I have a small collection of old books about the practice and techniques of oil painting, watercolor, drawing and sketching. This morning, trying to figure out what to blog about today, I pulled “The Practice of Oil Painting-And of Drawing as Associated with it” by Solomon J. Solomon, R.A. (Royal Academy) off the shelf. I purchased it some years ago in England for the princely sum of six pounds, fifty pence. There is no copyright date, but a portrait of a young girl with short hair suggests that it was published in the 1920s to 1930s.
Opening the book randomly, I found some study advice that is as relevant now as it was then, so thought that I would share it.
It’s from Chapter XII, Hints on Arrangements-Solecisms in Composition:
“We do not get stronger by watching other men lift weights. Nor are weights lifted or pictures composed, either at the beginning or at any time, without effort. Good composition calls for a far higher mental capacity than mere painting (interesting observation), which is in itself difficult enough…
When in the course of your reading you come across a pictorial episode, visualize it and sketch the scene as it strikes you. There are, nowadays, so many beautiful illustrations to be seen (alas, those days are mostly gone); you may well learn, from some of them, how figures are grouped, and how accessories are placed to complete the pictorial arrangement. Such mental notes, added to your unceasing practice, will greatly increase the facility with which you will be enabled to arrange and compose artistically.
When visiting a picture or sculpture gallery, take a sketchbook with you. Your memory will not suffice to recall the results of your analysis of compositions. Study particularly the placing of heads, half and full length portraits and figures, and the main structural lines and colour massed of decorative designs. Mark the arrangement of light and shade (chiaroscuro) in Dutch and Spanish pictures, which have such fine technical qualities, and when anything strikes you as particularly beautiful, draw it, and in drawing it search for the secret of its beauty.”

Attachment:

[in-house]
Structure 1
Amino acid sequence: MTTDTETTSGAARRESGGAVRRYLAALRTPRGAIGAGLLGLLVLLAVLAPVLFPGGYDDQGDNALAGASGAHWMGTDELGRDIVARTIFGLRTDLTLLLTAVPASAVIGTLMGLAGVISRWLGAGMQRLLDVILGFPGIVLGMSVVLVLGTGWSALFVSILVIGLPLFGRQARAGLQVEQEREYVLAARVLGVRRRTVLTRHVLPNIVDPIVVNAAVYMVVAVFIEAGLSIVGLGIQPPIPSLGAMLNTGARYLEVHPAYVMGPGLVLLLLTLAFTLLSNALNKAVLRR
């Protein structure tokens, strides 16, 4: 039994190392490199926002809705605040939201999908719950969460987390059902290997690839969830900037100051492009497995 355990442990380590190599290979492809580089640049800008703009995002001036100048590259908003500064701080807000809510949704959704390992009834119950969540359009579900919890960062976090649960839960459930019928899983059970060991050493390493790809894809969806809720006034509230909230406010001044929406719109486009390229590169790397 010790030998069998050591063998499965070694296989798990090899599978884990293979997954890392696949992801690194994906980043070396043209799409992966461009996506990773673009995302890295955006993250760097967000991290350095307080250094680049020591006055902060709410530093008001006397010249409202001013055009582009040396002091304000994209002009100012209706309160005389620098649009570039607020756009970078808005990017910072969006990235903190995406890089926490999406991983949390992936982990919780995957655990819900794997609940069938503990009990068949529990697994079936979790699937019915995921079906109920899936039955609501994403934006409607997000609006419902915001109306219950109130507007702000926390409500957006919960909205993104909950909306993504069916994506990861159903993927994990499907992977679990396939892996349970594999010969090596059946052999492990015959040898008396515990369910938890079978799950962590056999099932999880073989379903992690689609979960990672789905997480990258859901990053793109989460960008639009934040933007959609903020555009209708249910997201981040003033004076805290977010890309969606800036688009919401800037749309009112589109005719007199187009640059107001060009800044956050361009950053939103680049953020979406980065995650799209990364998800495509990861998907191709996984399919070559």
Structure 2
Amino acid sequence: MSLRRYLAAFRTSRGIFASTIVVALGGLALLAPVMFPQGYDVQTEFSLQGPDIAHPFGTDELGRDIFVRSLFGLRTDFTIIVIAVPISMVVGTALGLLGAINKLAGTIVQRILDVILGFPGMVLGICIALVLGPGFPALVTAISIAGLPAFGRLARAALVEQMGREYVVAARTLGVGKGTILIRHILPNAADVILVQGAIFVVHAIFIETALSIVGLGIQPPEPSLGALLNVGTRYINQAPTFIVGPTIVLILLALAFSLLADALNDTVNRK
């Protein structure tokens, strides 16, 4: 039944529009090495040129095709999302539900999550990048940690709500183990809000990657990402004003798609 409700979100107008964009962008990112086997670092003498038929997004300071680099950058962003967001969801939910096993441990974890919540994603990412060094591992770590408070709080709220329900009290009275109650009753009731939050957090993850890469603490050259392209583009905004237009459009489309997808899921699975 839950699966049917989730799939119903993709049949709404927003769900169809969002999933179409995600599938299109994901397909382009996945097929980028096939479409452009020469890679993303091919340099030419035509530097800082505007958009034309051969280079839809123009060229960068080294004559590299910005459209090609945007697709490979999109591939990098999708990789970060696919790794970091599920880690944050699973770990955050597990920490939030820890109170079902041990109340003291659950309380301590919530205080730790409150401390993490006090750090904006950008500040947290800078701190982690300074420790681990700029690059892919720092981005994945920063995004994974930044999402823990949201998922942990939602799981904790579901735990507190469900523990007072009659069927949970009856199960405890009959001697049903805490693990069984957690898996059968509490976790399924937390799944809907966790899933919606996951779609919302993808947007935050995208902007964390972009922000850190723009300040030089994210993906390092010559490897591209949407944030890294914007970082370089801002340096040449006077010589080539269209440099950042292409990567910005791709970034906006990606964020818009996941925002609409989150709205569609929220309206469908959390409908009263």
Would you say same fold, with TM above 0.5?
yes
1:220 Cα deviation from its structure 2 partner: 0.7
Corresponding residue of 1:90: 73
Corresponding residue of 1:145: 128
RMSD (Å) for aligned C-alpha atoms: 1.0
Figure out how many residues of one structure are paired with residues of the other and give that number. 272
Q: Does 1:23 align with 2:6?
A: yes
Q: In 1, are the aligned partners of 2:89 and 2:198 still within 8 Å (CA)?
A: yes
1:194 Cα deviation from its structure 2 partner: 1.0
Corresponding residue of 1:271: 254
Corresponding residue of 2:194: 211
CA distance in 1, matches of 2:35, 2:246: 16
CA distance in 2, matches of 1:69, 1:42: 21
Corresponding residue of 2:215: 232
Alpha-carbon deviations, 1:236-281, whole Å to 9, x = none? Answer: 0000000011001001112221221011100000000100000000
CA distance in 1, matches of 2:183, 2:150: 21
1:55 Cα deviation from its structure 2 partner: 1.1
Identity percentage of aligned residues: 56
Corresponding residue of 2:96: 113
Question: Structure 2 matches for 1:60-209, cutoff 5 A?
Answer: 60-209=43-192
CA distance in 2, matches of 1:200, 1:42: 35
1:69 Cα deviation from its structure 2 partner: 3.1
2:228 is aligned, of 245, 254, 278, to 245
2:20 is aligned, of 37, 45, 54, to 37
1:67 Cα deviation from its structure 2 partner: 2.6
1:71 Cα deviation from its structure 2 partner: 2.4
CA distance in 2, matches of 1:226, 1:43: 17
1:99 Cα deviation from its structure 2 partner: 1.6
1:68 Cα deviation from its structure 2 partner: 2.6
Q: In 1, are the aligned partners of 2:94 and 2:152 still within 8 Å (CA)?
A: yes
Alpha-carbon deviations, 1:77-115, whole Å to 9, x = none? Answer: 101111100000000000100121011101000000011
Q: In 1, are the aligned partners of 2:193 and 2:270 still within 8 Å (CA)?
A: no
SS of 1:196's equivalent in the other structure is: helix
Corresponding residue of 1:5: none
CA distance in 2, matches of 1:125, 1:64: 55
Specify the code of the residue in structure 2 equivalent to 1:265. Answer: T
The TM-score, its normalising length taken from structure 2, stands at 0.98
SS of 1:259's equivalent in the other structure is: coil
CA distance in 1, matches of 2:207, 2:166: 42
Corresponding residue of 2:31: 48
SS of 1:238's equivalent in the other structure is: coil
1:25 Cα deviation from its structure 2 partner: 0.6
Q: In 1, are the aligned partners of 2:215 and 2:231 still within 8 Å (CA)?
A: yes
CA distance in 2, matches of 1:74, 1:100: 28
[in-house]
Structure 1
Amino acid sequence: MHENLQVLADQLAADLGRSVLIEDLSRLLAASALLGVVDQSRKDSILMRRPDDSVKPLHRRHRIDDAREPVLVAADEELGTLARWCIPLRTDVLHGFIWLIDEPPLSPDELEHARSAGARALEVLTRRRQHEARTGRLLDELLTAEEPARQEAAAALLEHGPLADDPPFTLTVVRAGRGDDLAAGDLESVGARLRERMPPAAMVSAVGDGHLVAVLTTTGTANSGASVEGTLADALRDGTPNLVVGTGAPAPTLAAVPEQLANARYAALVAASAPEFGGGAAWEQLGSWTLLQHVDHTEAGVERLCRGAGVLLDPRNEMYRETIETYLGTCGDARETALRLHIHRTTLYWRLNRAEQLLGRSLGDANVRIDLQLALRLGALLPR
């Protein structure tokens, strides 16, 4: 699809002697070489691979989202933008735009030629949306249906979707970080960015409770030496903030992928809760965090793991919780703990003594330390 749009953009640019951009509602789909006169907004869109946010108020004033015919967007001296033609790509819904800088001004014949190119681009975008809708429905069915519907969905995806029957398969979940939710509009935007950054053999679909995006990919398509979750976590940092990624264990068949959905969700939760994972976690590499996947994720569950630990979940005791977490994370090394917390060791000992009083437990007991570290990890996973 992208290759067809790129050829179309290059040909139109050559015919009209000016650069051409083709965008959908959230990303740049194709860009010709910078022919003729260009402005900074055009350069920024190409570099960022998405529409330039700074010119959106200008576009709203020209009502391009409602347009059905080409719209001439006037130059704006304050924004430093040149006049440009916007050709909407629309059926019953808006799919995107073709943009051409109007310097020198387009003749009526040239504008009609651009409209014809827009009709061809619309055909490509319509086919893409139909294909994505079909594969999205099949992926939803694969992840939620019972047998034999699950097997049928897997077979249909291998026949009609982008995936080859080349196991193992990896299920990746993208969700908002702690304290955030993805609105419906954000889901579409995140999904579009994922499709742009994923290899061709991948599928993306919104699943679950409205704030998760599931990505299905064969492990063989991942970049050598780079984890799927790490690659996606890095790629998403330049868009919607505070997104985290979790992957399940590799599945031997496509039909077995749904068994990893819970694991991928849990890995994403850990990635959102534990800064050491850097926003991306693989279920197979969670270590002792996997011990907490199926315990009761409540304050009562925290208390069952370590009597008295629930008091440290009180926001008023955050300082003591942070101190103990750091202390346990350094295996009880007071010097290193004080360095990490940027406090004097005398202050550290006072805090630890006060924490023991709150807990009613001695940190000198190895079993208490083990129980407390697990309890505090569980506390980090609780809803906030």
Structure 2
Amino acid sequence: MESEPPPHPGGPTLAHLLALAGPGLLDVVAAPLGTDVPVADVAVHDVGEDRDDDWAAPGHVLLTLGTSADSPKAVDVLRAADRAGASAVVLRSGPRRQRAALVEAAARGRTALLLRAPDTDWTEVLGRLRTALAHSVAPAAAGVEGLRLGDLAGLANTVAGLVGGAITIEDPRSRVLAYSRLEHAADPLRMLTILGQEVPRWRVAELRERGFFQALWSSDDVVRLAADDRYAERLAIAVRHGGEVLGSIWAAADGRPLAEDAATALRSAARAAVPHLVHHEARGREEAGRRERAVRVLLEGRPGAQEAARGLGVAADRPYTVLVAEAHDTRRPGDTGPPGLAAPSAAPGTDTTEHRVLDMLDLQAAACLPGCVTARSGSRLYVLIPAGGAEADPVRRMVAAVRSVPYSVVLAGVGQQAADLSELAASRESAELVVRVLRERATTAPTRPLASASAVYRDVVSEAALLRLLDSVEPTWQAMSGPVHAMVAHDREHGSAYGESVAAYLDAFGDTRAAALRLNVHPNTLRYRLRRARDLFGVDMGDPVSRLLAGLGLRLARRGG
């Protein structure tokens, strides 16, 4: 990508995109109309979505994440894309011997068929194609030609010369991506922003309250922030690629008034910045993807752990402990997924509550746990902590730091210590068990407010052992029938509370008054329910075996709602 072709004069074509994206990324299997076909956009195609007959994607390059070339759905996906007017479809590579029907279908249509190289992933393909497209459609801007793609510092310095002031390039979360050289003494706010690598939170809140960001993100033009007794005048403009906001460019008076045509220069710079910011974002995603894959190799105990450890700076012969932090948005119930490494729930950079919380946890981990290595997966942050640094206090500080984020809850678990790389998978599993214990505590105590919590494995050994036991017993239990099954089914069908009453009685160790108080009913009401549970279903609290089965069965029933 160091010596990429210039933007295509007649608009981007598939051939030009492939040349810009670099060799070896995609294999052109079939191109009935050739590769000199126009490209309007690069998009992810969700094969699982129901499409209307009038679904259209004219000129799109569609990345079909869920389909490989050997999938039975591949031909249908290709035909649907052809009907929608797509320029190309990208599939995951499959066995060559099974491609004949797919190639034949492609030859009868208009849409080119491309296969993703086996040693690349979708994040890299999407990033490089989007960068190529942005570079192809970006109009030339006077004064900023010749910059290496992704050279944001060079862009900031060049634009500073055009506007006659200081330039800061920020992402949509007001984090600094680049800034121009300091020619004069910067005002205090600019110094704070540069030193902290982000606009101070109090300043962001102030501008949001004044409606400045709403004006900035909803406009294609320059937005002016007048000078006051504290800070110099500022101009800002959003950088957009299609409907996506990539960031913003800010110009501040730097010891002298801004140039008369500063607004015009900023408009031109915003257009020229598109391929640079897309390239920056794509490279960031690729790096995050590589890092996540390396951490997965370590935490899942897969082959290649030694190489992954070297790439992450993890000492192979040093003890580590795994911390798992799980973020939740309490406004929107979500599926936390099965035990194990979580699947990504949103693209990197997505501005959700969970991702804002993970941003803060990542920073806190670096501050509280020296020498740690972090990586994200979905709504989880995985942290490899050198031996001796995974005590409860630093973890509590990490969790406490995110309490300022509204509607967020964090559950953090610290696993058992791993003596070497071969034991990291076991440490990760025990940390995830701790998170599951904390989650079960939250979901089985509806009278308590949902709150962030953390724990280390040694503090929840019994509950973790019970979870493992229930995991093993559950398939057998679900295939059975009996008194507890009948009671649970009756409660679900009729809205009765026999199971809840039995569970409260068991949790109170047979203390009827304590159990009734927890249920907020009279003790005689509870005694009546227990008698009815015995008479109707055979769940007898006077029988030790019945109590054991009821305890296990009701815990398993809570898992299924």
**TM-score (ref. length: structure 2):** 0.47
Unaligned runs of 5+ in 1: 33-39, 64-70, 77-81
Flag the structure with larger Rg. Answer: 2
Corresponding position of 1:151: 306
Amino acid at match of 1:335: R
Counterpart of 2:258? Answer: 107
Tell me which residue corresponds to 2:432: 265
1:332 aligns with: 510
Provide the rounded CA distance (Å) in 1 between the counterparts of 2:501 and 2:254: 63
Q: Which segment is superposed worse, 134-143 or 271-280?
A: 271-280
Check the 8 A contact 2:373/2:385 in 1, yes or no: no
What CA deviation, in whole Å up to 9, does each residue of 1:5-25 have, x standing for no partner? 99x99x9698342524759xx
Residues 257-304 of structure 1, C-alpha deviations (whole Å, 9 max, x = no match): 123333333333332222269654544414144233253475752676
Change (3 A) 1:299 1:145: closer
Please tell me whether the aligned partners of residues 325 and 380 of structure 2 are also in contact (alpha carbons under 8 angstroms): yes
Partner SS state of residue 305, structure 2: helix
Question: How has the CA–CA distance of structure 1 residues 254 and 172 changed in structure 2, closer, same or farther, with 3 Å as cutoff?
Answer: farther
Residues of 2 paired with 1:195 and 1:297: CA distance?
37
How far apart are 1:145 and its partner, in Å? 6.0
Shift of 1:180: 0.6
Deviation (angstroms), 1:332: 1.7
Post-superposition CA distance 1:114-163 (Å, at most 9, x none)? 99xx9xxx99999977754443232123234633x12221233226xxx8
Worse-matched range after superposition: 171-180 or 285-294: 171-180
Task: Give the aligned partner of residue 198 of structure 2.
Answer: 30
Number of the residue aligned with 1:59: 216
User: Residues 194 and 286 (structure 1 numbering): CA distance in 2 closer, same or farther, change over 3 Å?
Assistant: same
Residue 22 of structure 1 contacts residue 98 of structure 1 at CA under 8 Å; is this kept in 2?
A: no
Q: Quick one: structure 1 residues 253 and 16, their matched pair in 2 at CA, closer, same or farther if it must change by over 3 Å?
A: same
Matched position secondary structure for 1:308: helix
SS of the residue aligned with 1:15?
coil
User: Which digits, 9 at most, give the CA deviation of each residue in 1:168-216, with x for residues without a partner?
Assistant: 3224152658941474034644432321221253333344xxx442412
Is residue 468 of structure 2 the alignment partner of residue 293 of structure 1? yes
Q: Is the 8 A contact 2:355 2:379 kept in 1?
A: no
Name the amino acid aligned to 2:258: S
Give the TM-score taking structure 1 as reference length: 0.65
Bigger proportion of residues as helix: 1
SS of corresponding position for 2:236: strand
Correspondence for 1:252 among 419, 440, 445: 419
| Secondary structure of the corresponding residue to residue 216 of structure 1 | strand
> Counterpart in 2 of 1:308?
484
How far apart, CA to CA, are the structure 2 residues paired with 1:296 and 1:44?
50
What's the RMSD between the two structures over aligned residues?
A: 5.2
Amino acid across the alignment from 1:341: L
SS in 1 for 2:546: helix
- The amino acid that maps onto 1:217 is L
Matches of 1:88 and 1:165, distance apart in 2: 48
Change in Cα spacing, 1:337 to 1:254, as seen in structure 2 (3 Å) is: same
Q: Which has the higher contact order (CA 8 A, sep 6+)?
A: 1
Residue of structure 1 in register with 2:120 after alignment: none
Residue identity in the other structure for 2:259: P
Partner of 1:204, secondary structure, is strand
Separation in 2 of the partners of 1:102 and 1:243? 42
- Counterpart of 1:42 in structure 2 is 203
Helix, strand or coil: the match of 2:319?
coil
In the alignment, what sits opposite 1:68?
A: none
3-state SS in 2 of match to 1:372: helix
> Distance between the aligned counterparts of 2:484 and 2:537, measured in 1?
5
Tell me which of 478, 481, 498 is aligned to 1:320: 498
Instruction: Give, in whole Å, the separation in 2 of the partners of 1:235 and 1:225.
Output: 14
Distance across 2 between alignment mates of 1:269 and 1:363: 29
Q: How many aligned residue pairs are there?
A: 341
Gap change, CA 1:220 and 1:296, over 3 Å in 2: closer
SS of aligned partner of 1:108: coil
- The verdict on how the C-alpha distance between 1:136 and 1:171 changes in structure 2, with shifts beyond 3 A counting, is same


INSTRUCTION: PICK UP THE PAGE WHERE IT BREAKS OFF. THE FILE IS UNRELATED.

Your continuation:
My main takeaway from the studies above was a greater understanding of what it means to “work from lean to fat” and how many small, subtle touches of tone and color go into painting at the level of a Rembrandt or Hals. This is why it is so critical to see great original art. Reproductions just aren’t the same
* The images are from studies that I’ve done myself. All but the first and last were from a show at the Metropolitan Museum of Art in 1995, “Rembrandt, Not Rembrandt”. The Tiepolo was from an incredible show of his preliminary drawings for one of his ceiling “jobs”. I’ve never been able to find a book with more than a couple of ok reproductions of them.